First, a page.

Life In Prison Research Paper

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“Failure should not be an option: Grading the parole systems of all 50 states” February 26, 2019: Jorge Renaud, Prison Policy Initiative (spoiler alert: NYS gets a D-) RAPP Testimony to NYS Legislature’s 2019 Public Protection Budget Hearing January 29, 2019: Jose Saldana and David George, “New York State Parole Board: Failures in Staffing and Performance” August, 2018: The Parole Preparation Project and the Release Aging People in Prison Campaign “State Medical and Geriatric Parole Laws” August, 2018: National Conference of State Legislatures “Ending Perpetual Punishment: The case for commutations for people in Michigan prisons” August, 2018: American Friends Service Committee “Modernizing Parole Statutes: Guidance from Evidence-Based Practices” August 3, 2018: Catherine C. Kerrison, Ronet Bachman, Raymond Paternoster, The Liman Report: Moving Criminal Justice Fall 2016: Arthur Liman Public Interest Program, Yale University A By-Product of Mass Incarceration: New York’s Parole System in Need of Repair July, 2016: Release Aging People in Prison/RAPP RAPP Submission to the UN Committee on Torture June 27, 2016: Tomiko Shine, DC RAPP Economic Perspectives on Incarceration and the Criminal Justice System April 2016: Executive Office of the President of the United States U. Sentencing Commission Public Hearing on Compassionate Release and Conditions of Supervision (for Federal Bureau of Prisons) 48-minute video, February 17, 2016 Proposed amendments to Sentencing Guidelines (including sections on compassionate release/conditions of supervision) February 15, 2016; public comment period ends 3/21/2016 “Supporting America’s Aging Prisoner Population: Opportunities and Challenges for Area Agencies on Aging” 2016: National Association of Area Agencies on Aging “Aging in Prison: Reducing Elder Incarceration and Promoting Public Safety” November, 2015: a policy publication by RAPP, Center for Justice at Columbia University, and others; includes chapters by former heads of department of corrections and parole board • Campaign to Change Parole in New York: “Nature of the Crime” May 18, 2015: Parole Justice Now!

Reynolds, “The High Costs of Low Risk: The Crisis of America’s Aging Prison Population” (new edition) April, 2018: Elizabeth Gaynes, Tanya Krupat, David George, and Colin Bernatsky, for The Osborne Association “A Question of Compassion: Medical Parole in New York State” April, 2018: Rebecca Silber, Léon Digard, Tina Maschi, Brie Williams, and Jessi La Chance for “Reentry Experiences of Elderly Ex-Offenders: Wasted Lives” May, 2017: Charmaine Clarke, Stony Brook University (thesis) “Still Life: America’s Increasing Use of Life and Long-Term Sentences” May, 2017: Ashley Nellis, prepared for the Florida Legislature “New York State’s Aging Prison Population” April, 2017: Office of the New York State Comptroller Thomas di Napoli “Mass incarceration, public health, and widening inequality in the USA” April, 2017: Christopher Wildeman & Emily Wang, in “America: Equity and Equality in Health 4,” “Aging in Prison: A human rights problem we must fix” January, 2017: Prison Watch Project, American Friends Service Committee “Crime Survivors Speak: The First-Ever National Survey of Victims’ Views on Safety and Justice” December, 2016: “Aiming to Reduce Time-In-Cell” November, 2016: Association of State Correctional Administrators, the Arthur Liman Public Interest Program, Yale University The Effects of Age at Prison Release on Women’s Desistance Trajectories: a Mixed-Methods Analysis September 2016: Erin M.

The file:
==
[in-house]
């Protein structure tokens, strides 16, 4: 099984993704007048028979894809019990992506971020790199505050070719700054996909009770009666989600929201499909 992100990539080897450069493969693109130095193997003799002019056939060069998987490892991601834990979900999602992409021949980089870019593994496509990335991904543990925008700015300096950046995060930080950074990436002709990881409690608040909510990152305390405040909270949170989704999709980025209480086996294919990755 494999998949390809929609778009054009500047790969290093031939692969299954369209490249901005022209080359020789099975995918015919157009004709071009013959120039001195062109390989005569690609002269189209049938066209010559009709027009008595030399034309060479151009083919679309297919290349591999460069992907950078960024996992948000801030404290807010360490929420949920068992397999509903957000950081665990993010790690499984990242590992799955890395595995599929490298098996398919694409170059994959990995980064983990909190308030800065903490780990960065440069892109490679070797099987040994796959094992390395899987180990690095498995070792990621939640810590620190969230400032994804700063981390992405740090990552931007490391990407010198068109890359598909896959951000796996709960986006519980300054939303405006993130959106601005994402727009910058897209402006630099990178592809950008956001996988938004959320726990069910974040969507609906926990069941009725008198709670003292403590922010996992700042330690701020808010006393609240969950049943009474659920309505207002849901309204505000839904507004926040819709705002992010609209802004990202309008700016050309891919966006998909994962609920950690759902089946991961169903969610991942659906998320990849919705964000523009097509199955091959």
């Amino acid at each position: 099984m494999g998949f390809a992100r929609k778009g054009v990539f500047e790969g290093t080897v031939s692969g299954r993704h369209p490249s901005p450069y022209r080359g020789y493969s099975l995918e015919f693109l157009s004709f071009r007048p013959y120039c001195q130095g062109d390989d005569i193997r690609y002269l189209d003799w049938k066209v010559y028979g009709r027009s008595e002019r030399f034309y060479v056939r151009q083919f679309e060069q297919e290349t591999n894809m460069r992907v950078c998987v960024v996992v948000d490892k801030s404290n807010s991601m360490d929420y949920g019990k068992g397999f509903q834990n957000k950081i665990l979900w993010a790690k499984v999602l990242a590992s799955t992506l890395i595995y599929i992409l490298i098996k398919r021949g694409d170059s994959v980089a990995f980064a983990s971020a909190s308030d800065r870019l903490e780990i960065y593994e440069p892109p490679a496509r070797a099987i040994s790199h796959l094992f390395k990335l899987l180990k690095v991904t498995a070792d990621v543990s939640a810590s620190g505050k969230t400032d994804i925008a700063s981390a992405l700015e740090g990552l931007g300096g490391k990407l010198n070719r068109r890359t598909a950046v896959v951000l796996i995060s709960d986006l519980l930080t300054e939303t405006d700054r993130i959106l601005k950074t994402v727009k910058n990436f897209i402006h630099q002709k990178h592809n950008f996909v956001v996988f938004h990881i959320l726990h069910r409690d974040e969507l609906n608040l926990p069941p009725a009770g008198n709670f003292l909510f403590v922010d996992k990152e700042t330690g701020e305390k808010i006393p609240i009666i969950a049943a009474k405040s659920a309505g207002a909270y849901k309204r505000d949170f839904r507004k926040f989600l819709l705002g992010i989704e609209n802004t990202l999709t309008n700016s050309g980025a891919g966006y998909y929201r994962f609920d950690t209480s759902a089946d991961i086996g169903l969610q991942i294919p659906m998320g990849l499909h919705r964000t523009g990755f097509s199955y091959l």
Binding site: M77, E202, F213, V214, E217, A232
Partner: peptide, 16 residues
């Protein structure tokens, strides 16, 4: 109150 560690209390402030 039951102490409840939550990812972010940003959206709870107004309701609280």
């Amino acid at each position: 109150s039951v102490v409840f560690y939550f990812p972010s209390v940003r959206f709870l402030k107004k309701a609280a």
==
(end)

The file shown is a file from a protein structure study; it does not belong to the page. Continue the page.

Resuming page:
Second, by revising correctional policies to ensure that minimal barriers exist to maintaining positive community relationships during the period of incarceration.

By providing individuals with opportunities to gain productive skills and equipping them to strengthen their positive relationships, we can help them achieve their full potential and transform their lives upon returning to our communities.

Patterson, Ph D, “At America’s Expense: The Mass Incarceration of the Elderly” June 13, 2012: American Civil Liberties Union/ACLU “Old Behind Bars: The Aging Prison Population in the United States” January 27, 2012: Human Rights Watch “The Answer is No: Too Little Compassionate Release in US Federal Prisons” 2012: Human Rights Watch “It’s About Time: Aging Prisoners, Increasing Costs, and Geriatric Release” April, 2010: The Vera Institute for Justice “Growing Older: Challenges of Prison and Reentry for the Aging Population” January 2007: Brie A.

American prisons house more than 1.5 million individuals, an increase of more than 390 percent since 1978.

The types of programming that can be provided to those in prison differ, but the most popular types of programming include education and workforce development, employment programs, life skills and family management classes, mental health and substance abuse support, and various types of religious programming.

One way to facilitate these programs is by providing community organizations with access to host such programs in the prison.

Individuals who are incarcerated have children, spouses, family, and friends who desire to continue a relationship with them while they are in prison.

Incarceration makes it exceptionally difficult for individuals to maintain healthy relationships with those who will be their support system when they return home.


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